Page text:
Regional councils (Hebrew: מועצה אזורית, Mo'atza Azorit) are one of the three types of local government entities found in Israel and the West Bank, with the other two being cities and local councils. As of 2003, there were 53 regional councils, usually responsible for governing a number of settlements spread across rural areas. Regional councils include representation of anywhere between 3 and 54 communities, usually spread over a relatively large area within geographical vicinity of each other.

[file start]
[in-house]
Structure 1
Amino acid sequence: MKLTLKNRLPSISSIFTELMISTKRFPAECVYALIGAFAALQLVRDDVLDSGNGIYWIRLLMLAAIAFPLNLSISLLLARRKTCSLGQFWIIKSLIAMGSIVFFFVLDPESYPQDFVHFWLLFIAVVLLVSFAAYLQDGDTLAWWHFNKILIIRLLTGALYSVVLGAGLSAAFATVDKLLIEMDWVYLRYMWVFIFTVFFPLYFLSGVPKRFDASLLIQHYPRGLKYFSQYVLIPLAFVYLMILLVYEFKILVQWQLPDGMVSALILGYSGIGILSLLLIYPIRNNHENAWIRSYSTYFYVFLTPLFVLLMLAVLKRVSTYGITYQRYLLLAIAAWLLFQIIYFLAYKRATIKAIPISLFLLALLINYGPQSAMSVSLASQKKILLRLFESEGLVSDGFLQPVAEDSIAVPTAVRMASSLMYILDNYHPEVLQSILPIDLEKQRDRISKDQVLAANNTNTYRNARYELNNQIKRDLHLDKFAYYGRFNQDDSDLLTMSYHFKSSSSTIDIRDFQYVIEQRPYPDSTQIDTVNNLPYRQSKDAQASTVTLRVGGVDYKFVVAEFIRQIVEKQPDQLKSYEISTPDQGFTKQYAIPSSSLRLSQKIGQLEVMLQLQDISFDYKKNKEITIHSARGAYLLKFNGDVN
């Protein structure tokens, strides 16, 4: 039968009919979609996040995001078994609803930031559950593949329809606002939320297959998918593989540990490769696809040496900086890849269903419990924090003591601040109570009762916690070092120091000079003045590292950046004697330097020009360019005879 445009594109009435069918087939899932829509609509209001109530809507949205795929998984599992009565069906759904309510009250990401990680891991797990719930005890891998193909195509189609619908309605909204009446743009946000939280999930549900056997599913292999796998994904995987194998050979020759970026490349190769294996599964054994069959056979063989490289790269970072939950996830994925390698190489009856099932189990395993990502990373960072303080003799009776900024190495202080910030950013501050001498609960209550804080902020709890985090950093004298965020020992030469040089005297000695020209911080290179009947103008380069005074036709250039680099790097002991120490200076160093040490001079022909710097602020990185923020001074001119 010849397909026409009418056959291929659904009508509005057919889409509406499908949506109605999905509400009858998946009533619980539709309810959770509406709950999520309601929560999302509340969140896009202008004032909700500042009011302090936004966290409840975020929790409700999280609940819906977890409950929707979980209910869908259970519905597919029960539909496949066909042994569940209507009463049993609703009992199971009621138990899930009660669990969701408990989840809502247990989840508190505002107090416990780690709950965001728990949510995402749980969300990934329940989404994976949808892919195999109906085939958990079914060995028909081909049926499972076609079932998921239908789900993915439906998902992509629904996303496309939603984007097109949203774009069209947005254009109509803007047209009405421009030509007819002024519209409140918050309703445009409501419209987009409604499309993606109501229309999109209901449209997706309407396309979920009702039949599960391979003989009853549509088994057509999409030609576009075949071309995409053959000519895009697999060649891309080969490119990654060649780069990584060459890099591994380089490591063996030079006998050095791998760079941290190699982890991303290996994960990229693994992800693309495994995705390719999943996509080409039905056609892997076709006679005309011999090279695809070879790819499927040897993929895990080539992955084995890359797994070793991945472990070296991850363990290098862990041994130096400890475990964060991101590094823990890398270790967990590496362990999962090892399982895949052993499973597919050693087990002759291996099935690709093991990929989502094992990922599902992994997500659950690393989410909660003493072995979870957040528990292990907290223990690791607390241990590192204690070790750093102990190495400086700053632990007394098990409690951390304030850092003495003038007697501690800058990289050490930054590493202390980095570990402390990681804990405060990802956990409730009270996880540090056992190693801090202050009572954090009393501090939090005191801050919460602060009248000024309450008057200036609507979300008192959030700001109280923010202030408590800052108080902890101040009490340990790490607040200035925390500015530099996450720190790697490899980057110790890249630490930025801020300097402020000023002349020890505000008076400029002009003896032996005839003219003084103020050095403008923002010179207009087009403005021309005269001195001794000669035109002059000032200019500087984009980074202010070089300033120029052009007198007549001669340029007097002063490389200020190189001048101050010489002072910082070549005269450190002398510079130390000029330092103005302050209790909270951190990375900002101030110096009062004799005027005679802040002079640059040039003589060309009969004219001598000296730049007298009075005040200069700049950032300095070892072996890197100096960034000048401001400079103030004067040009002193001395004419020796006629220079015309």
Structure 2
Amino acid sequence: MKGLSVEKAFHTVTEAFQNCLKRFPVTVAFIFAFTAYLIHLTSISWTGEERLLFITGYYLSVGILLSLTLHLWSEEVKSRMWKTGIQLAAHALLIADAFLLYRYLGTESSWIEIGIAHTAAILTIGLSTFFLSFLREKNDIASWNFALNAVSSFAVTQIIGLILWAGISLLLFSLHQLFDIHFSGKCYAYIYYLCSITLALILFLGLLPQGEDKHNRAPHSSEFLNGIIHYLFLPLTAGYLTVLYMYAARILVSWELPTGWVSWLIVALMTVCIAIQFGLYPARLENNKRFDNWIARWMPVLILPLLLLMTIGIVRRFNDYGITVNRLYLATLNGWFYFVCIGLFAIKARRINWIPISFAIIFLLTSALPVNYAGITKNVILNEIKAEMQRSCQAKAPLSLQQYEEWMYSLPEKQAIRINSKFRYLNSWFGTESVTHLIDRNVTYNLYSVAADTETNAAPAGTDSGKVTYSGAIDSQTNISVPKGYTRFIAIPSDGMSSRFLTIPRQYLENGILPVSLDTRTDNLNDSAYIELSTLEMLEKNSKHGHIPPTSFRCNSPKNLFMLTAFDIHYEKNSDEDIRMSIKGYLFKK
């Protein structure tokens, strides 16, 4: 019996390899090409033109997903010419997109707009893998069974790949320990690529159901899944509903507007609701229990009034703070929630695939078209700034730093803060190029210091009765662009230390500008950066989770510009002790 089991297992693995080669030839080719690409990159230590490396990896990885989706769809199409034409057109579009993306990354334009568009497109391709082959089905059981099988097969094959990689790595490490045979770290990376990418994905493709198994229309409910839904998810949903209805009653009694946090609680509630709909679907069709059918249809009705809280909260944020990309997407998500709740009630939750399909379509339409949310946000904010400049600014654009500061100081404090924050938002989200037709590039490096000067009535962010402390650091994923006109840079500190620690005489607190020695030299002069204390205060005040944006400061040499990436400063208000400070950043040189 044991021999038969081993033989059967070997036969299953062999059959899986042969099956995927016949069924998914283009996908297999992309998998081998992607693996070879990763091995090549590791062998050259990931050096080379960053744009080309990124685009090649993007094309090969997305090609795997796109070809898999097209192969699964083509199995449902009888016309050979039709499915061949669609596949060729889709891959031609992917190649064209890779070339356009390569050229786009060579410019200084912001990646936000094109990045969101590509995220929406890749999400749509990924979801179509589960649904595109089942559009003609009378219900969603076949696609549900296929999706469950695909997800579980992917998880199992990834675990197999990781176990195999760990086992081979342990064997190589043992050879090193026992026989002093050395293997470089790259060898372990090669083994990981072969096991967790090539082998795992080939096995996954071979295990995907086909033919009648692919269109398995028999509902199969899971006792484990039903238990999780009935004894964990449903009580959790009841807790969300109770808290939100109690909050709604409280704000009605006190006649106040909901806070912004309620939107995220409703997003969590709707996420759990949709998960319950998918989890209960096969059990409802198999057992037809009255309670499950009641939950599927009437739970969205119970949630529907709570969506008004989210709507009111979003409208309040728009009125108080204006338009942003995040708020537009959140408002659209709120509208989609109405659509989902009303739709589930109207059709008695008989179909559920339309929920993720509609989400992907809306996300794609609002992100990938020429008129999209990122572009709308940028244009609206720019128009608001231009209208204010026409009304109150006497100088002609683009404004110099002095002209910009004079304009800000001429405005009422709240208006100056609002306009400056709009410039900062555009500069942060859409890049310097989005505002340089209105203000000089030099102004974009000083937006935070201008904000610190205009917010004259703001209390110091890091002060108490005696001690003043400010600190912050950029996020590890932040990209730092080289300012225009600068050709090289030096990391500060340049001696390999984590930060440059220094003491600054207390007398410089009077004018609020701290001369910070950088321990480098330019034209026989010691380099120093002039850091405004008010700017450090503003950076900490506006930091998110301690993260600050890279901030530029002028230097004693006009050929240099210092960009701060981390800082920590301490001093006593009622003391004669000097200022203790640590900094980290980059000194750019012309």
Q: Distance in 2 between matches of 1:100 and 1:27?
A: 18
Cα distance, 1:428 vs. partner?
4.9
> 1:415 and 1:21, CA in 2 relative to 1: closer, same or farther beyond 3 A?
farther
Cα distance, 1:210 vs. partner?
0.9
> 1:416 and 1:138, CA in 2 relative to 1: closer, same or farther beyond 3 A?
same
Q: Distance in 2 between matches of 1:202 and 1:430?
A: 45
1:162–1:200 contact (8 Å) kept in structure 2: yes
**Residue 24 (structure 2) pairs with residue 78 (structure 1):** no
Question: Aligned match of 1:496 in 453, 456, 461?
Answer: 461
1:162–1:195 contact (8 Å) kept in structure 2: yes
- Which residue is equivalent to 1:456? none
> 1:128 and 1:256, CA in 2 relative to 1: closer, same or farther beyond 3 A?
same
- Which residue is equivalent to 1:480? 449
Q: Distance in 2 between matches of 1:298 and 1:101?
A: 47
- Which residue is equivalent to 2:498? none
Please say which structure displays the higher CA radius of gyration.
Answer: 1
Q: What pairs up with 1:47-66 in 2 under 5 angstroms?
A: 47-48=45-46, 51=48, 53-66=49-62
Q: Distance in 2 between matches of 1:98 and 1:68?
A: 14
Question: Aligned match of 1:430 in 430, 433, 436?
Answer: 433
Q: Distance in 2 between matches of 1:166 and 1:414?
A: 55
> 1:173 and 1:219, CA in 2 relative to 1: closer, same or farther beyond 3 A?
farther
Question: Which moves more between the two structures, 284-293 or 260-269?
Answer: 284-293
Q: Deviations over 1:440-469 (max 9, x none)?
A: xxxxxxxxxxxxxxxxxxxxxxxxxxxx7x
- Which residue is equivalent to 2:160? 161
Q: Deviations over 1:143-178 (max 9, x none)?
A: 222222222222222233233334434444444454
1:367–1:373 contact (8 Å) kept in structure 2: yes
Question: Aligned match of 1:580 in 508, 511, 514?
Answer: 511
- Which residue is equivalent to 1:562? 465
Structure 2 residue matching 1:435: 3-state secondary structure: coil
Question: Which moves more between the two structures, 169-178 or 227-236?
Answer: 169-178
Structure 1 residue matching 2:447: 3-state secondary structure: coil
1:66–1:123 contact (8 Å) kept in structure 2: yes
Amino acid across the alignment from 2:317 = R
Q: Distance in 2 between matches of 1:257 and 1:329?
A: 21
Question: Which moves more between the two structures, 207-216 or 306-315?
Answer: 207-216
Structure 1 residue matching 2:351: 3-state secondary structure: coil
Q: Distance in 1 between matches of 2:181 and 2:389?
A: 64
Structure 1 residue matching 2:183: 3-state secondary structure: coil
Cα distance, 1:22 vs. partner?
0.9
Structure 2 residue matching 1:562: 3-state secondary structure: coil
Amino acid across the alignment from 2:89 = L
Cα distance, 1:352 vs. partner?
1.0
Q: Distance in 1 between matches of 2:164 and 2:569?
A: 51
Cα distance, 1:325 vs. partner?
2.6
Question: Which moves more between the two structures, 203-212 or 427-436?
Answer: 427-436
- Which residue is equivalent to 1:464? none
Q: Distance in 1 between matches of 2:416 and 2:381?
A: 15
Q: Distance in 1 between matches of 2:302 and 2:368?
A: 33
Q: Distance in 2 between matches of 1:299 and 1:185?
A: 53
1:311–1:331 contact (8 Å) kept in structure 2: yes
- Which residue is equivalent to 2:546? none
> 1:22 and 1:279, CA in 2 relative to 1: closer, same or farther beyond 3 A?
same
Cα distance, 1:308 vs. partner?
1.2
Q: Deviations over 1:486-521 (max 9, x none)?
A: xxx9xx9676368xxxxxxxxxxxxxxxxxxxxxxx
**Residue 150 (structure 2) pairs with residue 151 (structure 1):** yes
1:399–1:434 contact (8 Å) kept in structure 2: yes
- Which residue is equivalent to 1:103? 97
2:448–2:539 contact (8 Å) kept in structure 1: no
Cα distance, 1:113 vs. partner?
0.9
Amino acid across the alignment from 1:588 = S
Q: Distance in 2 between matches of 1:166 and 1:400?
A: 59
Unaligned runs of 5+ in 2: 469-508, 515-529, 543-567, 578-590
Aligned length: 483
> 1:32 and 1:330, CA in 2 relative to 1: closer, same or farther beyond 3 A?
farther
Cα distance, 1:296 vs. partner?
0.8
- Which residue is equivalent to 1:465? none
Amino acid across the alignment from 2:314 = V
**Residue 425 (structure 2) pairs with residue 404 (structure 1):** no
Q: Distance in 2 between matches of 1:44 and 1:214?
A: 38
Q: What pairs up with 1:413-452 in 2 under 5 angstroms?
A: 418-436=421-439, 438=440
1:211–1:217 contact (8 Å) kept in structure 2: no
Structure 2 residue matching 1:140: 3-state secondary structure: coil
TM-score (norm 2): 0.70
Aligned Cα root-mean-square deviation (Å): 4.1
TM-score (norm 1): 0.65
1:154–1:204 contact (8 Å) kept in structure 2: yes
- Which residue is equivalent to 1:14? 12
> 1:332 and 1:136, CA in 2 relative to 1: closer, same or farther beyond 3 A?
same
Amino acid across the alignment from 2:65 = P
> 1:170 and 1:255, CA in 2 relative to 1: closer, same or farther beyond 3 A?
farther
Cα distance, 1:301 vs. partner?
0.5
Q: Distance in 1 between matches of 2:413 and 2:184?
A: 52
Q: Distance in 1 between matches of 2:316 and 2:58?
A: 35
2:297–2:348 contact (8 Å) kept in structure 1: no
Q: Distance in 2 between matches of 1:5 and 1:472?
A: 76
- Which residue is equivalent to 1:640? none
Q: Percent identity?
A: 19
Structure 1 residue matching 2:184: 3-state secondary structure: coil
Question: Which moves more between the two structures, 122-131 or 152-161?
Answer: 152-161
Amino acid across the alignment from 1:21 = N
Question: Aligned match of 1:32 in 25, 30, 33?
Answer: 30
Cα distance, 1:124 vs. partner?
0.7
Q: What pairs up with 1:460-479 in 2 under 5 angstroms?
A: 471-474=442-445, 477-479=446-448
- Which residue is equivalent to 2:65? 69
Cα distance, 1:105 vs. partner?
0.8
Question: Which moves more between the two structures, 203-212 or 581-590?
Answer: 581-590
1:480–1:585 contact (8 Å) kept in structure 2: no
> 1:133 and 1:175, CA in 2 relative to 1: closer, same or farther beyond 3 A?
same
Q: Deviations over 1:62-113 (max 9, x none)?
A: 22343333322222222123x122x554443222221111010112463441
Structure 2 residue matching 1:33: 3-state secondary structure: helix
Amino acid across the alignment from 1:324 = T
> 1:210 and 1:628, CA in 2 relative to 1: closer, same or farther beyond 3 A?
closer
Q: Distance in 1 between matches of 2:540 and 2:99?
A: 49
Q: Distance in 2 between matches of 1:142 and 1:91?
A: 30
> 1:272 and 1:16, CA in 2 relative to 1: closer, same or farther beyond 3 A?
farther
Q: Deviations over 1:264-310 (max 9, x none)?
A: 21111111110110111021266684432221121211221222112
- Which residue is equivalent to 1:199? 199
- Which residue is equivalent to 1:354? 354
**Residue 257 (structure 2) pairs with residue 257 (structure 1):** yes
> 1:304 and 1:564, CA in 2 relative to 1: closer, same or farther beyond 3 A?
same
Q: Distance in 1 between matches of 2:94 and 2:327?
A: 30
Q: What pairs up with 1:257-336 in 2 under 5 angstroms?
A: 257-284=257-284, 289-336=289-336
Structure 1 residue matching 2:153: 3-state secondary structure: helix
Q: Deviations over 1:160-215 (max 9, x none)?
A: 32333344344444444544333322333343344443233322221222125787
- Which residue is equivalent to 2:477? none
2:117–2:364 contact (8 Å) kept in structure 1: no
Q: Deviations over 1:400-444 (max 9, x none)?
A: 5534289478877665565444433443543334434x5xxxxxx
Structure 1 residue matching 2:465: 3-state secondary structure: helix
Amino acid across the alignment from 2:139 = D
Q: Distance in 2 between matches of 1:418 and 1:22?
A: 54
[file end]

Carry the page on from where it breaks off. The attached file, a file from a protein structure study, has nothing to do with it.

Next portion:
Each community within a regional council usually does not exceed 2000 in population and is managed by a local committee. This committee sends representatives to the administering regional council proportionate to their size of membership and according to an index which is fixed before each election. Those settlements without an administrative council do not send any representatives to the regional council, instead being dealt by it directly. Representatives from those settlements which are represented directly are either chosen directly or through an election. The predominant form of communities represented on regional councils are kibbutzim and moshavim.